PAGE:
Lotze’s Back!

Call for papers

Special Issue of the on-line journal Philosophical Readings

Lotze’s Back!

D. De Santis & D. Manca (eds.)

Rudolf Hermann Lotze was born in Bautzen on May 21st, 1817. Lotze was a philosopher and logician; he also had a medical degree and was versed in biology, psychology as well as physiology. He studied at the University of Leipzig, and then moved to Göttingen, succeeding Johann Friedrich Herbart in the chair of philosophy. With the publication of his monumental Mikrokosmus, and the two-volume work System der Philosophie, Lotze became the most important and influential thinker of his generation (the one recently described as late German idealism). His alleged influence on Frege has long been the topic of harsh debates (like the one between H. Sluga and M. Dummett on the objectivity of thought and the origin of the so-called analytic philosophy); his importance for the early Husserl, as well as for Heidegger, is well known and undeniable, like his influence on the neo-Kantian tradition (from Rickert to Windelband, Natorp, Bauch and even Emila Lask). According to Sandor Ferenczi, during his late psychology lectures, Lotze also anticipated some of Freud’s key insights (like the notion of unbewusste Vorstellung). Lotze was a “systematic” thinker, perhaps the last philosopher really to consider the system as the one and only possibility to grasp rationally and understand the world as a whole.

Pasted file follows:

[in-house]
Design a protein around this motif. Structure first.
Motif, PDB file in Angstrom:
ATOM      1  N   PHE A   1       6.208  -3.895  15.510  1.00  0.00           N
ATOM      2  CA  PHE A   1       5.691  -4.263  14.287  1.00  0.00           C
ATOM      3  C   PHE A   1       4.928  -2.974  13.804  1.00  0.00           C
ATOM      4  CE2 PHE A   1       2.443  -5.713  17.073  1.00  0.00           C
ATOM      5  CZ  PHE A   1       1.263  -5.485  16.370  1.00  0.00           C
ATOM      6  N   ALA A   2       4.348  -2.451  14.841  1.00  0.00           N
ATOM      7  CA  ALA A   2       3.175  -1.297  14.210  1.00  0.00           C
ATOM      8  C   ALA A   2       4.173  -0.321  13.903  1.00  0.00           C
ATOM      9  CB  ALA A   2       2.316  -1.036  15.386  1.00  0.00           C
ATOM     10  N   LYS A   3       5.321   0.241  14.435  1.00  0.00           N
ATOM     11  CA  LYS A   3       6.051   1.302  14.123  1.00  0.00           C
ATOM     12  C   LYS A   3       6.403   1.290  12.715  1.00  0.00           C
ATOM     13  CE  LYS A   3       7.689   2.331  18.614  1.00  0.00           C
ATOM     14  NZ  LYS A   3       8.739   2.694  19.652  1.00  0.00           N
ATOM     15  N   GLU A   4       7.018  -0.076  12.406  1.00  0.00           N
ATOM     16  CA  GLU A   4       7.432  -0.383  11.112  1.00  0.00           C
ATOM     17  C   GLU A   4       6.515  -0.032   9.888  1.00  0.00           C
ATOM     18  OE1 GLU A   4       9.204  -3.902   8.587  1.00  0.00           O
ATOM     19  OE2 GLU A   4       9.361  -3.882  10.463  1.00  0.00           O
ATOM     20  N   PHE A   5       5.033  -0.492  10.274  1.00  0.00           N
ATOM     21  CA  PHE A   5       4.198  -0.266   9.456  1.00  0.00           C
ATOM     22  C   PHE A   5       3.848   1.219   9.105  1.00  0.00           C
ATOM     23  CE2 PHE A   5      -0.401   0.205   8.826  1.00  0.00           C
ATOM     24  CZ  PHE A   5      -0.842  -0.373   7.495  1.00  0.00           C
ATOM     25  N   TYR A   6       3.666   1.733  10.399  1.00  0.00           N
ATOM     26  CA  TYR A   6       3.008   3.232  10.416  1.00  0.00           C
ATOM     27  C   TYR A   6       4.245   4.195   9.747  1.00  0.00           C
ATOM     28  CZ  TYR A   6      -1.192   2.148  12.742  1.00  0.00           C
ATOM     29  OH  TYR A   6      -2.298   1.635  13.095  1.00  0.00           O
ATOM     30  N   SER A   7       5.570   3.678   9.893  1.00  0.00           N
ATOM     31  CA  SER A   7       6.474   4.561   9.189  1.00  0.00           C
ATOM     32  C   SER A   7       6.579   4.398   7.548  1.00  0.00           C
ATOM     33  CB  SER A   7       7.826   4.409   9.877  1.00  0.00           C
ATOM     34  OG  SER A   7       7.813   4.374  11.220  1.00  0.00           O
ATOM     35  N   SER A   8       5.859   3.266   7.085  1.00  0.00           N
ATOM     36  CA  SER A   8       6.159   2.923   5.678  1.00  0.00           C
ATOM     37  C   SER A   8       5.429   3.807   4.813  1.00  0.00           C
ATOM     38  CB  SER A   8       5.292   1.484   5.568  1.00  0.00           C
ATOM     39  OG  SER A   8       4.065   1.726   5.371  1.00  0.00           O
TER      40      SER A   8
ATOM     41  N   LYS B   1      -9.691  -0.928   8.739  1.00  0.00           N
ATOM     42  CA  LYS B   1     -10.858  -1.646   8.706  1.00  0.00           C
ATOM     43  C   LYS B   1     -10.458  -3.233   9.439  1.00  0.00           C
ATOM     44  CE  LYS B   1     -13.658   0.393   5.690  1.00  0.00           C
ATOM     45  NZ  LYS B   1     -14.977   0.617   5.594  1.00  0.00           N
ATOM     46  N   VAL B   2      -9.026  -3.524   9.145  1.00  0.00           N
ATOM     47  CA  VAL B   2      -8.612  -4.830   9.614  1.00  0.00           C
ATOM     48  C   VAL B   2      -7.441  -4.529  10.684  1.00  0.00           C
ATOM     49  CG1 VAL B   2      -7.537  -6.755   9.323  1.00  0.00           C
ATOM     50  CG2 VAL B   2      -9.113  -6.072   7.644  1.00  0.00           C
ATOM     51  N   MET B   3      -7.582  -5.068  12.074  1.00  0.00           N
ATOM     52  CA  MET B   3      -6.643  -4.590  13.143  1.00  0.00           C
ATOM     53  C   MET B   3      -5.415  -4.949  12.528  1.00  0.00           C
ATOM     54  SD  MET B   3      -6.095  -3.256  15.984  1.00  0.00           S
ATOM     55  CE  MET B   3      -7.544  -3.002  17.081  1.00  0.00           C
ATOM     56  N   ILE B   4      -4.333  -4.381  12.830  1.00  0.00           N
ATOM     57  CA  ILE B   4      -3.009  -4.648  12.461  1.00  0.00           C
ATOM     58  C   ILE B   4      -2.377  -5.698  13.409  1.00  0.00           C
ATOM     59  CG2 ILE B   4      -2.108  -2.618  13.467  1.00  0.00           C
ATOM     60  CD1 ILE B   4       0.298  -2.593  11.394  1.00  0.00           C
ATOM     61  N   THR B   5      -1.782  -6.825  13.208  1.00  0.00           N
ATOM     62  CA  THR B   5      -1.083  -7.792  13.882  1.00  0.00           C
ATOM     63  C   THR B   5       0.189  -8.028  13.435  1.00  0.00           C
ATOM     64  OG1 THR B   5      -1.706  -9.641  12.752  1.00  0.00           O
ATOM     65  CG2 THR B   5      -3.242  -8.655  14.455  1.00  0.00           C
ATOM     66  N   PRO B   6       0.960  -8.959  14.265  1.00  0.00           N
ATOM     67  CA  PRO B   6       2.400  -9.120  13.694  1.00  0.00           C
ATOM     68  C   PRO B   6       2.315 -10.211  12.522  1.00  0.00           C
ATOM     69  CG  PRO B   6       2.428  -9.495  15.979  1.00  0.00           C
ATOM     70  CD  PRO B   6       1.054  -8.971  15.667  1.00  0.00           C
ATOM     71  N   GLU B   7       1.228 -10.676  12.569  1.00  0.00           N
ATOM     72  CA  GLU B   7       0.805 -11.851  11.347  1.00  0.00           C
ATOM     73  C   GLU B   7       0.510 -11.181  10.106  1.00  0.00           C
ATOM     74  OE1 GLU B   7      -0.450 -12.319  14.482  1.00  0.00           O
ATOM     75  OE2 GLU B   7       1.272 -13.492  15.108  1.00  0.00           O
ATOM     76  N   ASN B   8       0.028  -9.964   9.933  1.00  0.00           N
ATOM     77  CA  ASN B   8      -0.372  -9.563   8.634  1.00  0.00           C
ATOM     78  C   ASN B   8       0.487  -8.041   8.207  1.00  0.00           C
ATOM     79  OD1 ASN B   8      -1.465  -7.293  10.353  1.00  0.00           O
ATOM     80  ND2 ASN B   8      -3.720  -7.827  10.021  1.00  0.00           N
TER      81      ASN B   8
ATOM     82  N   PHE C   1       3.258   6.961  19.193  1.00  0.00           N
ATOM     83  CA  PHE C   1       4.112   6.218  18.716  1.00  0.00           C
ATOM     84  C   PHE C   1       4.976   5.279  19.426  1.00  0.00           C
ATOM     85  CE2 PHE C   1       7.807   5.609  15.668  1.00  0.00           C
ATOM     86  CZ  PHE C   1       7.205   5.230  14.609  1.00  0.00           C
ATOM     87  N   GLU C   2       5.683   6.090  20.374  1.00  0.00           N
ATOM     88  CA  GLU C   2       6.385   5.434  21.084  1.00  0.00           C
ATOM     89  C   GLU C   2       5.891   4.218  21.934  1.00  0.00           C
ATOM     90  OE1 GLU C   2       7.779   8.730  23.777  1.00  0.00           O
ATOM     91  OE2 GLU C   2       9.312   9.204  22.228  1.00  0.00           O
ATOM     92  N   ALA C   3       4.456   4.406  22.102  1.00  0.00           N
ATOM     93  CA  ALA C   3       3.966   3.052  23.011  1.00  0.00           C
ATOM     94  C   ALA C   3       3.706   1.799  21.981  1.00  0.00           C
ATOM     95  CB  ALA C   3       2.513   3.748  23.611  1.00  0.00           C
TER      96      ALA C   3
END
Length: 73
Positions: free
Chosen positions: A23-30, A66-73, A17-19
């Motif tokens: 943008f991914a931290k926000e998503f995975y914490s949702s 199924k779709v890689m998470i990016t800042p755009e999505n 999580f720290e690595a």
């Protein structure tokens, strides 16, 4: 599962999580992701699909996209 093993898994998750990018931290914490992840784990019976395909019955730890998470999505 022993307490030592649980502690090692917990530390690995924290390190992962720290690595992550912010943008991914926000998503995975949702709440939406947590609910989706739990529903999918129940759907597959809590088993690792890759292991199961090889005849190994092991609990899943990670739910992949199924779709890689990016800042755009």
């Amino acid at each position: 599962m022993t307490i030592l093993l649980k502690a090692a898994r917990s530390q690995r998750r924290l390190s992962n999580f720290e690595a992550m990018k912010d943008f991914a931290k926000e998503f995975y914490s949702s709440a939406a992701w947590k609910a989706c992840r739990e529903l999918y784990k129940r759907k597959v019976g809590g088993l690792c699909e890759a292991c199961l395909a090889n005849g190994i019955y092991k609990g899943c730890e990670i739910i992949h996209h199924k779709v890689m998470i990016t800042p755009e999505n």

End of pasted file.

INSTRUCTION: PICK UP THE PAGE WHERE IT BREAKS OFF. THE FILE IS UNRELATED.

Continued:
As shown by the recently increased number of publications on Lotze and his philosophy (see for example: Late German Idealism. Trendelenburg and Lotze by F. Beiser (2013), the monumental Hermann Lotze: An Intellectual Biography (2015) by W. Woodward, and the anthology of essays on Lotze et son héritage. Son influence et son impact sur la philosophie du XXe siècle (2015), edited by F. Boccaccini), the interest in this still partially unknown thinker is growing.
The present call for papers would like to contribute to what might be labeled Lotze Renaissance; topics would include:

– Logic and mathematics in Lotze’s philosophy
Lotze’s metaphysics
Lotze’s philosophy of nature and anthropology
– The method of philosophy, and the function of the philosopher
Lotze and the phenomenological tradition
Lotze, Frege and the objectivity of thought
Lotze and the neo-Kantian tradition
Lotze and classical German philosophy (Kant, Schelling, Hegel, Herbart)
– Spiritualism and materialism
Lotze and the development of natural science in the 19th century
Lotze and the Gestalt psychology
Lotze and American philosophy

Contributions can be written in Italian, French, English, Spanish and German, and sent to:
desantis_daniele@yahoo.it; danilomanca30@gmail.com

Invited Contributors: William Woodward, Riccardo Martinelli

Deadline: August 31st, 2017

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